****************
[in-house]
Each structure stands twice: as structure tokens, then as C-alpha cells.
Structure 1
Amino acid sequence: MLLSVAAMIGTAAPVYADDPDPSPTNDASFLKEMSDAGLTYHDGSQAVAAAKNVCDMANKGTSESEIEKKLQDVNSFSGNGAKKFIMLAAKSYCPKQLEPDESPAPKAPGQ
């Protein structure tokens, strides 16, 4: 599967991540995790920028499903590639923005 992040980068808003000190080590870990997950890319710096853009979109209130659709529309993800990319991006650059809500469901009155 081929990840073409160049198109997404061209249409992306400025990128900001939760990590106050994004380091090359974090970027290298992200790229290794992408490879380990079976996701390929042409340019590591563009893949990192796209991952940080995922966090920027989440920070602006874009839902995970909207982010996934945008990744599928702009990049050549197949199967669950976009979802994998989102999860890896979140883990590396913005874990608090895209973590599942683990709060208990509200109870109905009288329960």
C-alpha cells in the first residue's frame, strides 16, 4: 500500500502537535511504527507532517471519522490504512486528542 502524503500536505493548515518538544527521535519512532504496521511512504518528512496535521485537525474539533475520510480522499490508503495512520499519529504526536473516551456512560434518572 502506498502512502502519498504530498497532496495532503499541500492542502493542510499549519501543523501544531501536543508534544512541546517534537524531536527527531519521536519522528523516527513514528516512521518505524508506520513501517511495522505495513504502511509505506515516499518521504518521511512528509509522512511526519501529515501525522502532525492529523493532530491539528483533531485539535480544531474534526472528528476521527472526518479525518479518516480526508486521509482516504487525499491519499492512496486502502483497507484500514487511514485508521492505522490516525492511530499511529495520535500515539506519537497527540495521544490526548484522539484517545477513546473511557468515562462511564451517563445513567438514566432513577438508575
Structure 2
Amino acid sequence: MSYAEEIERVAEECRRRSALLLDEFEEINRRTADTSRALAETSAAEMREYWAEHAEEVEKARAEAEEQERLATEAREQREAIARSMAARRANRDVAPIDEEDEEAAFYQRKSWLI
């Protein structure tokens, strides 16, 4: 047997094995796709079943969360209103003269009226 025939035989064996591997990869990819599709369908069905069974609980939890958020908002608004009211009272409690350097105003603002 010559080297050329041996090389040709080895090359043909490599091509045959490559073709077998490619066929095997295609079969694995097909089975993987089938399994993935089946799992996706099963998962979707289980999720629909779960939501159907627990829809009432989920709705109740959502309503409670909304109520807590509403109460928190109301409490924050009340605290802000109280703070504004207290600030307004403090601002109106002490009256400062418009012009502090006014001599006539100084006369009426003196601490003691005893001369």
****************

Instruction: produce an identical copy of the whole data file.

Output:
[in-house]
Each structure stands twice: as structure tokens, then as C-alpha cells.
Structure 1
Amino acid sequence: MLLSVAAMIGTAAPVYADDPDPSPTNDASFLKEMSDAGLTYHDGSQAVAAAKNVCDMANKGTSESEIEKKLQDVNSFSGNGAKKFIMLAAKSYCPKQLEPDESPAPKAPGQ
């Protein structure tokens, strides 16, 4: 599967991540995790920028499903590639923005 992040980068808003000190080590870990997950890319710096853009979109209130659709529309993800990319991006650059809500469901009155 081929990840073409160049198109997404061209249409992306400025990128900001939760990590106050994004380091090359974090970027290298992200790229290794992408490879380990079976996701390929042409340019590591563009893949990192796209991952940080995922966090920027989440920070602006874009839902995970909207982010996934945008990744599928702009990049050549197949199967669950976009979802994998989102999860890896979140883990590396913005874990608090895209973590599942683990709060208990509200109870109905009288329960």
C-alpha cells in the first residue's frame, strides 16, 4: 500500500502537535511504527507532517471519522490504512486528542 502524503500536505493548515518538544527521535519512532504496521511512504518528512496535521485537525474539533475520510480522499490508503495512520499519529504526536473516551456512560434518572 502506498502512502502519498504530498497532496495532503499541500492542502493542510499549519501543523501544531501536543508534544512541546517534537524531536527527531519521536519522528523516527513514528516512521518505524508506520513501517511495522505495513504502511509505506515516499518521504518521511512528509509522512511526519501529515501525522502532525492529523493532530491539528483533531485539535480544531474534526472528528476521527472526518479525518479518516480526508486521509482516504487525499491519499492512496486502502483497507484500514487511514485508521492505522490516525492511530499511529495520535500515539506519537497527540495521544490526548484522539484517545477513546473511557468515562462511564451517563445513567438514566432513577438508575
Structure 2
Amino acid sequence: MSYAEEIERVAEECRRRSALLLDEFEEINRRTADTSRALAETSAAEMREYWAEHAEEVEKARAEAEEQERLATEAREQREAIARSMAARRANRDVAPIDEEDEEAAFYQRKSWLI
């Protein structure tokens, strides 16, 4: 047997094995796709079943969360209103003269009226 025939035989064996591997990869990819599709369908069905069974609980939890958020908002608004009211009272409690350097105003603002 010559080297050329041996090389040709080895090359043909490599091509045959490559073709077998490619066929095997295609079969694995097909089975993987089938399994993935089946799992996706099963998962979707289980999720629909779960939501159907627990829809009432989920709705109740959502309503409670909304109520807590509403109460928190109301409490924050009340605290802000109280703070504004207290600030307004403090601002109106002490009256400062418009012009502090006014001599006539100084006369009426003196601490003691005893001369």